BREAKING! COVID-19 Immunology: Could SARS-CoV-2 Be Depleting, Altering or Even Destroying CD8 Cells? New Australian Study Suspects So
: Australian scientist from Monash University, the University of Melbourne and James Cook University have made a disturbing discovery that infection with the SARS-CoV-2 coronavirus might compromise the activation of the CD8+ T-cell responses that would usually ameliorate disease and drive recovery.
The research findings are published on a preprint server and are currently being peer-reviewed. https://www.medrxiv.org/content/10.1101/2020.08.17.20176370v1
Lead researcher Dr Katherine Kedzierska from the department of Microbiology and Immunology at University of Melbourne and the rest of the co-researchers, by utilizing a combination of peptide prediction and in vitro peptide stimulation, found that while SARS-CoV-2 infection did stimulate CD4+ T-cell responses that were comparable to those seen with other viral infections, the CD8+ T cells that would usually target the virus were at extremely low prevalence and less than optimal phenotype for viral elimination.
It was estimated that the SARS-CoV-2-specific response was ten times lower than would usually be found for CD8+ T-cells targeting the viral Epstein-Barr Virus (EBV) or influenza A (IAV), as examples.
The study team says further research is needed to provide a more detailed understanding of CD8+ T-cell responses to the SARS-CoV-2 coronavirus since priming with an appropriate vaccine could be highly valuable in terms of optimizing protective CD8+ T-cell immunity.
While the majority of infections only cause mild disease and are short-lived, around 12 to 18% of patients with COVID-19 develop severe disease and require hospitalization.
What is even worrisome is that of those who do develop mild disease or are even asymptomatic, the underlying pathology may still be present.
To date, a lot remains unknown about the immune response to COVID-19, and an improved understanding is urgently needed if any immunopathology is going to be managed appropriately and vaccine development optimized.
It is generally known that virus-specific CD8+ T-cells play a role in clearing viral infection in the acute immune response to respiratory infection, where an established CD8+ T-cell memory response provides future protection against severe disease.
For example, survivors of the 2002-3 SARS-CoV-1 outbreak, for example, still maintain populations of CD4+ and CD8+ cells that are specific to the virus.
In the case of SARS-CoV-2, evidence suggests that virus-specific T-cells are being produced. A previous study by Kedzierska and team found CD4+ T-follicular helper cells and activated CD38+ HLA-DR+ CD8+ T-cells in the blood of patients with COVID-19 three days before recovery, suggesting that these cells were involved in resolving disease. (off course anomalies could also be attributed to mutating variants displaying other new characteristics.)
But there was also another study that showed that some of the SARS-CoV-2 specific CD8+ T cells in peripheral blood exhibited an “exhausted” phenotype, according to the researchers.
Thailand Medical News had reported on this in early July. https://www.thailandmedical.news/news/breaking!-covid-19-immunology-study-shows-high-levels-of-t-cells-with-significantly-altered-function-and-phenotype-in-severe-covid-19-patients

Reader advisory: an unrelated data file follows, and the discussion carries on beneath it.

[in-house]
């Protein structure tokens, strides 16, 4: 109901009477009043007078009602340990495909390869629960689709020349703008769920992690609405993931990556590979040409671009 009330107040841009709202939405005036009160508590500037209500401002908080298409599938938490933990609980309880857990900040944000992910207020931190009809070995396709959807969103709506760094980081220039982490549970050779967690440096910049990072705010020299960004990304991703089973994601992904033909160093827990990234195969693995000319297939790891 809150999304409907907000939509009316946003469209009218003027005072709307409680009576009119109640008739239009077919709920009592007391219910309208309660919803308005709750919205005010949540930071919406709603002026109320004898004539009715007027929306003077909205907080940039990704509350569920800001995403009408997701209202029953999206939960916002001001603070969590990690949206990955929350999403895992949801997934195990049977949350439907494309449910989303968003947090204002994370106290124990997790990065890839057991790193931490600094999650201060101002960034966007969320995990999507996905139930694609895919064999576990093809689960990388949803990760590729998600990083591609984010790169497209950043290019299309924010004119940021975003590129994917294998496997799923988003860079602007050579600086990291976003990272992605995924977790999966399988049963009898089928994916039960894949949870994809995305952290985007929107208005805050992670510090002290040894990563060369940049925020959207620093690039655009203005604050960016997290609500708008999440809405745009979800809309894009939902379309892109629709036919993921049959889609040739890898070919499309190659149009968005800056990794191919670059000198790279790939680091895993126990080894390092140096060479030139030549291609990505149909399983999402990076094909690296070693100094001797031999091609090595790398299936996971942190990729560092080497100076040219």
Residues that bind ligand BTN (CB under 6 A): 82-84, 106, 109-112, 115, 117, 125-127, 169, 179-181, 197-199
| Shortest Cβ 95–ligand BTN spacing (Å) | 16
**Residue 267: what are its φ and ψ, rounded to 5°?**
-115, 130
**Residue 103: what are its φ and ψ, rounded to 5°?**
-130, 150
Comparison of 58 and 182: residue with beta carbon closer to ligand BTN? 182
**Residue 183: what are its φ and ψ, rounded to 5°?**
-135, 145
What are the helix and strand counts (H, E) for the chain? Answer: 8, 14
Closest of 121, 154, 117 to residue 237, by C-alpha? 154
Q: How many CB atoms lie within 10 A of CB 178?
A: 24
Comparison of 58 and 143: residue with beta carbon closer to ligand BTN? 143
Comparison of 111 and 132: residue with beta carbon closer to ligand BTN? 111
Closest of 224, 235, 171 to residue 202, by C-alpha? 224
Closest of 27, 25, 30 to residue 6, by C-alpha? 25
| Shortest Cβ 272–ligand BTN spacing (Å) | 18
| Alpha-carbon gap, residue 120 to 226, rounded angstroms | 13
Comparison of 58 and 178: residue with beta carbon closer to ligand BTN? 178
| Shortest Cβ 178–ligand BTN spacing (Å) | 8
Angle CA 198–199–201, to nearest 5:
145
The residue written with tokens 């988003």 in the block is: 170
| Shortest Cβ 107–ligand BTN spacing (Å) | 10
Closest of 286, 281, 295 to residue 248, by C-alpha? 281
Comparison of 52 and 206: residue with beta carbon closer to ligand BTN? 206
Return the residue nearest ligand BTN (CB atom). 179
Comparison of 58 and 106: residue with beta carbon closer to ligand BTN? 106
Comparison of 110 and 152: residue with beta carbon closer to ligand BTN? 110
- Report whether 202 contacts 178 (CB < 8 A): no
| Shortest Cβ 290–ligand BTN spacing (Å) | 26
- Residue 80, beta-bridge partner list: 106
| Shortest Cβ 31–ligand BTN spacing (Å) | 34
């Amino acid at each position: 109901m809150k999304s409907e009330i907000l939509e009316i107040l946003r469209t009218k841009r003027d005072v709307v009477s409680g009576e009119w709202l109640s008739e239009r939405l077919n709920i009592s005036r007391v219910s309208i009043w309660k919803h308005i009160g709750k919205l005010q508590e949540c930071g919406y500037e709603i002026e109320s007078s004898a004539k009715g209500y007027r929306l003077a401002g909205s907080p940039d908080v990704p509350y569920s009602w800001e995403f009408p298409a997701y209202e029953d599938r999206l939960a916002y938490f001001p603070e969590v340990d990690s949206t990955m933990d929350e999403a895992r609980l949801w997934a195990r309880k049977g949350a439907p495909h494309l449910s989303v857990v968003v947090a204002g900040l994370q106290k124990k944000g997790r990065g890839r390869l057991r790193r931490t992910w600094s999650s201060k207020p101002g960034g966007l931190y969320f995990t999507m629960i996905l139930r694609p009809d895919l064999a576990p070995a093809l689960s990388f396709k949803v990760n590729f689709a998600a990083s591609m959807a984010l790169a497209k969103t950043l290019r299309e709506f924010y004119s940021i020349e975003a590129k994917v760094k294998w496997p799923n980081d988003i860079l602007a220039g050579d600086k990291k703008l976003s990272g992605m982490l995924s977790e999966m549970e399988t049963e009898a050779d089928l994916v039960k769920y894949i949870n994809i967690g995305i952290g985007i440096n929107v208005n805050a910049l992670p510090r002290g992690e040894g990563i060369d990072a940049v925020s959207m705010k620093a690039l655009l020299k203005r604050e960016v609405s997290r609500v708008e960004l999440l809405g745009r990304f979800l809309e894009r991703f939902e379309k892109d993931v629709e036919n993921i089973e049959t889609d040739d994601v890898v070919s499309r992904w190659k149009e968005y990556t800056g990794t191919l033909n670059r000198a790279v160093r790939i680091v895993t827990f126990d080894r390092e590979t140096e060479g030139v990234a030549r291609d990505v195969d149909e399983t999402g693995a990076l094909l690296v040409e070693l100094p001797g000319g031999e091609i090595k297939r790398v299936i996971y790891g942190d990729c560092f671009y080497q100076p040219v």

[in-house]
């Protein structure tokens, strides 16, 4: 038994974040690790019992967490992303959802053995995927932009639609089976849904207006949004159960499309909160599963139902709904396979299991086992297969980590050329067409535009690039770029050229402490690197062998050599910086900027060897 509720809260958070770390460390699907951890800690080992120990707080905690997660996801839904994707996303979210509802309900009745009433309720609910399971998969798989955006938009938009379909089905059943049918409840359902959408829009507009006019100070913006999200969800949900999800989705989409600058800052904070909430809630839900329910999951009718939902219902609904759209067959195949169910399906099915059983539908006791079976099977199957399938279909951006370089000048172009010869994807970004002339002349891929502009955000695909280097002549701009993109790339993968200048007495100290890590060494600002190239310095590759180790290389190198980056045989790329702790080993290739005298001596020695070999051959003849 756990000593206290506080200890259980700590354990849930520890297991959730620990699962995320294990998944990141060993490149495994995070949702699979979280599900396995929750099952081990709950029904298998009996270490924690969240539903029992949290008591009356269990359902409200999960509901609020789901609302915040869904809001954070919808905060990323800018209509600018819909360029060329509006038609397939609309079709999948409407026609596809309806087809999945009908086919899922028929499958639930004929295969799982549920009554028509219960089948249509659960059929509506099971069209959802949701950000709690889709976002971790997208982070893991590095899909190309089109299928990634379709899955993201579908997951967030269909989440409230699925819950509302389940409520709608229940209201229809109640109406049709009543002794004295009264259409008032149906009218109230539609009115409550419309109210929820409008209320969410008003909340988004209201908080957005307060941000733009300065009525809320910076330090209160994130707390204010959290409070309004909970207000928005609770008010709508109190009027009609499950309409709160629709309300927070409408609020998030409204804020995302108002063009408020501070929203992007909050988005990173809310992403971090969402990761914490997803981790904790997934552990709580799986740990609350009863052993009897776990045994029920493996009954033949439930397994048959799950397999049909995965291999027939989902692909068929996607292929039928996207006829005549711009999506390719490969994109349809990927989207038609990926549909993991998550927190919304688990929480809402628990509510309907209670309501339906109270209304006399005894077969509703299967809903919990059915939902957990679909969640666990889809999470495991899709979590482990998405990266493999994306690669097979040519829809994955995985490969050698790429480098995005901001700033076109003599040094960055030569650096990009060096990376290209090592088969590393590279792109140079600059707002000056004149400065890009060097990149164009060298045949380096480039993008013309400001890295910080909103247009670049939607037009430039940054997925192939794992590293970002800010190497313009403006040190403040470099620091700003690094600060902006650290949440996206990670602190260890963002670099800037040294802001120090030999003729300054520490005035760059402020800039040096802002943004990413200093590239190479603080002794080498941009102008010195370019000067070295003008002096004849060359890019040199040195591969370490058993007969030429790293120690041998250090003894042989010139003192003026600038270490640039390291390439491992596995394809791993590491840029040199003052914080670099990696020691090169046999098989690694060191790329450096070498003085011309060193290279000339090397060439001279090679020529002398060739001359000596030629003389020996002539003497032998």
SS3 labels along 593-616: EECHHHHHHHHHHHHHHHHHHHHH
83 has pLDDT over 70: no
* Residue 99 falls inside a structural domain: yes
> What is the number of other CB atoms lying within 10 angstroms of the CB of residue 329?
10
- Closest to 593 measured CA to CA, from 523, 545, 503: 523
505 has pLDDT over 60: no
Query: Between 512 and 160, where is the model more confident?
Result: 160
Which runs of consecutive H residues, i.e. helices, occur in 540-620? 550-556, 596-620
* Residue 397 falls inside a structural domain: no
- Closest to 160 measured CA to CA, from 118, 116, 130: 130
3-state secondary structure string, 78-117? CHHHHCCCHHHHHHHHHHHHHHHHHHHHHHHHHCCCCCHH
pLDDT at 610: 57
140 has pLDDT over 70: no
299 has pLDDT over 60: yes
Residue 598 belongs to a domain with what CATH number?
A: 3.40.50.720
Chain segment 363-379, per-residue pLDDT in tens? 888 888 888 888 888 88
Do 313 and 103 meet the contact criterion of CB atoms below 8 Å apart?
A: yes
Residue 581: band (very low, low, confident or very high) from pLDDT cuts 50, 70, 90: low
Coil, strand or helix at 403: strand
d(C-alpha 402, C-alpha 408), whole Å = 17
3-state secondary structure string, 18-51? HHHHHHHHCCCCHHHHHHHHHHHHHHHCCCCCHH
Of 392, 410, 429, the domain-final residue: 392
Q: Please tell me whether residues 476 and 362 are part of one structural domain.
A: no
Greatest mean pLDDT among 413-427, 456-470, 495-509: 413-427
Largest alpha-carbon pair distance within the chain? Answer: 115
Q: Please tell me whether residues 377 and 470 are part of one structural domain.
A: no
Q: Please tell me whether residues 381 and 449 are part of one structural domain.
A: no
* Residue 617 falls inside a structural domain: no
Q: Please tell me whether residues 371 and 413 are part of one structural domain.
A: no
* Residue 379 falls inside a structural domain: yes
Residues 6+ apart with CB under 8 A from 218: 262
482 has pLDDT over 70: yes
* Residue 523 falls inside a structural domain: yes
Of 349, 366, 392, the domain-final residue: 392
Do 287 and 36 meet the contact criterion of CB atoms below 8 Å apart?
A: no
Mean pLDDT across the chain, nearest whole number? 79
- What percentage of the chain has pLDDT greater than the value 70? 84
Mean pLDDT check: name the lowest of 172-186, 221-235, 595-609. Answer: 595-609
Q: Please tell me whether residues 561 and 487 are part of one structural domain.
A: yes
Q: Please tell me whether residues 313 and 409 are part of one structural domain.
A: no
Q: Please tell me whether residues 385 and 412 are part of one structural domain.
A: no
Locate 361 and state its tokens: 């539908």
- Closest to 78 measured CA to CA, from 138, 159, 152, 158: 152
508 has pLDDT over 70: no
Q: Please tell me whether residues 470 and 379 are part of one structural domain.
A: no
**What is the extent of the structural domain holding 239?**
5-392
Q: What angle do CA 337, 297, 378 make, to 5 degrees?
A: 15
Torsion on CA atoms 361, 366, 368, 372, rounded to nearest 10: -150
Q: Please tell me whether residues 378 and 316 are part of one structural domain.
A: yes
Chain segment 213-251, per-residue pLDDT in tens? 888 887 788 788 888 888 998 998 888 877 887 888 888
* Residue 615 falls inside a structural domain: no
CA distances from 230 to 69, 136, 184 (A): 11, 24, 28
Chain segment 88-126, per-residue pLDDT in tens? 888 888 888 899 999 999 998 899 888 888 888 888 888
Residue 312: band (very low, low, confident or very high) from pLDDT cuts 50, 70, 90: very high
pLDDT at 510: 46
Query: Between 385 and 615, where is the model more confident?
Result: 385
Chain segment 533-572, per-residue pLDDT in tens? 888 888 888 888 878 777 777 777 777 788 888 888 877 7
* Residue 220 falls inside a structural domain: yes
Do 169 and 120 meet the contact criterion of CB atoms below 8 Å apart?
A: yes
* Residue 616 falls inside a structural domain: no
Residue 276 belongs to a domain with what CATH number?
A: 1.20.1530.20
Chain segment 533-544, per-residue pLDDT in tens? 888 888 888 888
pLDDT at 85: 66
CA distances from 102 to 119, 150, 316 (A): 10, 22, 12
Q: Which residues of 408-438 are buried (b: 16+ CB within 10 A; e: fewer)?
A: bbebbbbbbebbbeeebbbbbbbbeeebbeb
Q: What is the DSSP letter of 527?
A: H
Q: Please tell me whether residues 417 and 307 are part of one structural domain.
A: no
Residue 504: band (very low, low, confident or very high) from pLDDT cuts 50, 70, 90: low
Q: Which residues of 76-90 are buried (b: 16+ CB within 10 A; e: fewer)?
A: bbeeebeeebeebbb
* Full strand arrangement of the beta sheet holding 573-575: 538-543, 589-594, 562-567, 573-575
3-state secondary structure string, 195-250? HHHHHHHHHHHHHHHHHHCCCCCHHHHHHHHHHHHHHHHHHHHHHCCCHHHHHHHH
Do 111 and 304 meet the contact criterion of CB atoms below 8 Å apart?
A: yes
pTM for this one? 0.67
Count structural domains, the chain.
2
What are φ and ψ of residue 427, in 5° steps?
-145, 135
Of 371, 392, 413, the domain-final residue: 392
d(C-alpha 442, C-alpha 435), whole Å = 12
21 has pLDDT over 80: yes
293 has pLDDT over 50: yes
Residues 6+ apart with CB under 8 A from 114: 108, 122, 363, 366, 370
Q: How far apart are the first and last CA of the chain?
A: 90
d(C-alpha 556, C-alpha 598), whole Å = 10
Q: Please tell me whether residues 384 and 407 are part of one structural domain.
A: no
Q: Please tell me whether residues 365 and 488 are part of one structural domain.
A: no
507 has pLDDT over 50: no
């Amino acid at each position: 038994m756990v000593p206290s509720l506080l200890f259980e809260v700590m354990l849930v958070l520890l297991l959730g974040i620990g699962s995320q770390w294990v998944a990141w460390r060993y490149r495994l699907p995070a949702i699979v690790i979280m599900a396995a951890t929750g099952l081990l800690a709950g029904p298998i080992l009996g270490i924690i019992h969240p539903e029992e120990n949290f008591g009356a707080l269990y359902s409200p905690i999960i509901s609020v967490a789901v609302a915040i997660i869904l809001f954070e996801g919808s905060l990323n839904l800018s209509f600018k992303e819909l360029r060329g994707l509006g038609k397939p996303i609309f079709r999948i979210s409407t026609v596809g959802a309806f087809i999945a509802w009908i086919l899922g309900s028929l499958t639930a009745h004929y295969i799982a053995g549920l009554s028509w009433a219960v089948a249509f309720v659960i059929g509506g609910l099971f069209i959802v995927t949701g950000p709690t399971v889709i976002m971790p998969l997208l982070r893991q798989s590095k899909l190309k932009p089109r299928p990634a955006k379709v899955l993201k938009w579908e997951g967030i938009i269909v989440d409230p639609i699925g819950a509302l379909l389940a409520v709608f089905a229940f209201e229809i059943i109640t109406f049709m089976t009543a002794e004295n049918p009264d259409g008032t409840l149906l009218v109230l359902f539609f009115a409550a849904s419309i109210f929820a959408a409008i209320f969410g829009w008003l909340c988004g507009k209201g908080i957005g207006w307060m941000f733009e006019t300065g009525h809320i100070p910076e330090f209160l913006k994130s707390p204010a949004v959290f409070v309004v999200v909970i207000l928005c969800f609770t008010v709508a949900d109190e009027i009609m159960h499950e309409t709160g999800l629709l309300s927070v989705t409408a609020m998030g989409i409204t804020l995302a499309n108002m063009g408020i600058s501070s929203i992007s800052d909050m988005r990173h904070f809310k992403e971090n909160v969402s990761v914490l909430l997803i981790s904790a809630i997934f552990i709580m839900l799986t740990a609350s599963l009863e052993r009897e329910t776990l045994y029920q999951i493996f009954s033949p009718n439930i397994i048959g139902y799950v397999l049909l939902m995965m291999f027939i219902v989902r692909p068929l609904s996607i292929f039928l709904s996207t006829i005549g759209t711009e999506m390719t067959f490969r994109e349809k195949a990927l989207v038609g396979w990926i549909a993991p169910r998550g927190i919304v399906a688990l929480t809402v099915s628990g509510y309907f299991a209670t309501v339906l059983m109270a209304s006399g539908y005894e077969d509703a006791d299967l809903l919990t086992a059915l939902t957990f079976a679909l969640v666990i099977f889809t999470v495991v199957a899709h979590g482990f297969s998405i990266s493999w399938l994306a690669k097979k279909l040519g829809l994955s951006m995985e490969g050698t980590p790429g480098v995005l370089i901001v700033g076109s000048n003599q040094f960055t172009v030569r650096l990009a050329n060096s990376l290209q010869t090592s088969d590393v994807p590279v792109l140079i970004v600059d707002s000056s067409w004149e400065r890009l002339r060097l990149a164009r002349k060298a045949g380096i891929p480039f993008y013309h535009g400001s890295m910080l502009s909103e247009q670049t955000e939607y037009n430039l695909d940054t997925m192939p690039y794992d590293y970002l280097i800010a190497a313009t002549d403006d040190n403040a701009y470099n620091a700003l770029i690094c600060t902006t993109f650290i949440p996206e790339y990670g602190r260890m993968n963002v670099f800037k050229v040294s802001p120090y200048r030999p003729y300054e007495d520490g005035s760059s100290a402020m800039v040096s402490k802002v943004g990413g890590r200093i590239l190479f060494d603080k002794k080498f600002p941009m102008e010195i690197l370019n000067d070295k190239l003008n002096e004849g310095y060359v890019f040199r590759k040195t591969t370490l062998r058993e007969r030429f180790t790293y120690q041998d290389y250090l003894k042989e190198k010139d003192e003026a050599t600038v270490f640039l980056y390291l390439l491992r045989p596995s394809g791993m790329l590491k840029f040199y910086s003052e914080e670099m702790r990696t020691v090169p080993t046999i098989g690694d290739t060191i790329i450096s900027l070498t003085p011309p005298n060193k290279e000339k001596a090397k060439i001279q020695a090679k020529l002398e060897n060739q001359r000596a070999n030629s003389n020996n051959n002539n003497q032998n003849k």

The researchers warn that it is a matter of urgency to develop a better understanding of the integrity of the acute CD8+ T-cell response in COVID-19 and how this impacts on disease outcome.
In the study, the researchers applied peptide prediction and in vitro peptide stimulation using peptides from the SARS-CoV-2 Spike, nucleocapsid, and membrane proteins.
The study team identified two novel HLA-A*02:01-restricted SARS-CoV-2 epitopes (A2/S269-277 and A2/Orf1ab3183-3191) in individuals with COVID-19.
Utilizing a peptide-HLA enrichment technique, the researchers determined the frequency and activation profiles of the SARS-CoV-2-specific CD8+ T-cell response in individuals with acute COVID-19 infection, convalescent individuals, and uninfected donors.
Detailed assessment of CD8+ T cell populations generated with the two novel epitopes showed that the more prominent A2/S269+ CD8+ T cell population was comparable to that seen in acute or convalescent patients positive for HLA-A*02:01.
Significantly however, although the CD8+ T cell population was higher than in uninfected HLA-A*02:01-positive donors, it was lower compared with the populations that are typically generated in response to EBV and IAV epitopes.
In addition, further analysis of the A2/S269+ CD8+ T-cells from recovered patients revealed that A2/S269+ CD8+ T-cells generally lacked the important activation markers CD38, HLA-DR, PD-1, and CD71.
The study team warns that while the CD4+ T cell response was similar to that found in other viral infections, the virus-activated CD8+ T cells that target SARS-CoV-2 peptides presented by the HLA-A*02:01 glycoprotein were both low in number and of a phenotype that was suboptimal for viral clearance.
They said, “These minimal activation profiles for epitope-specific CD8+ T-cells in early COVID-19 convalescence could possibly reflect suboptimal priming of A2/S269+ CD8+ T-cells in primary COVID-19.”
Detailed further investigation is needed to identify CD8+ T cell epitopes across many HLA class I alleles and SARS-CoV-2 proteins and better determine the CD8+ T-cell responses and their activation profiles in COVID-19.
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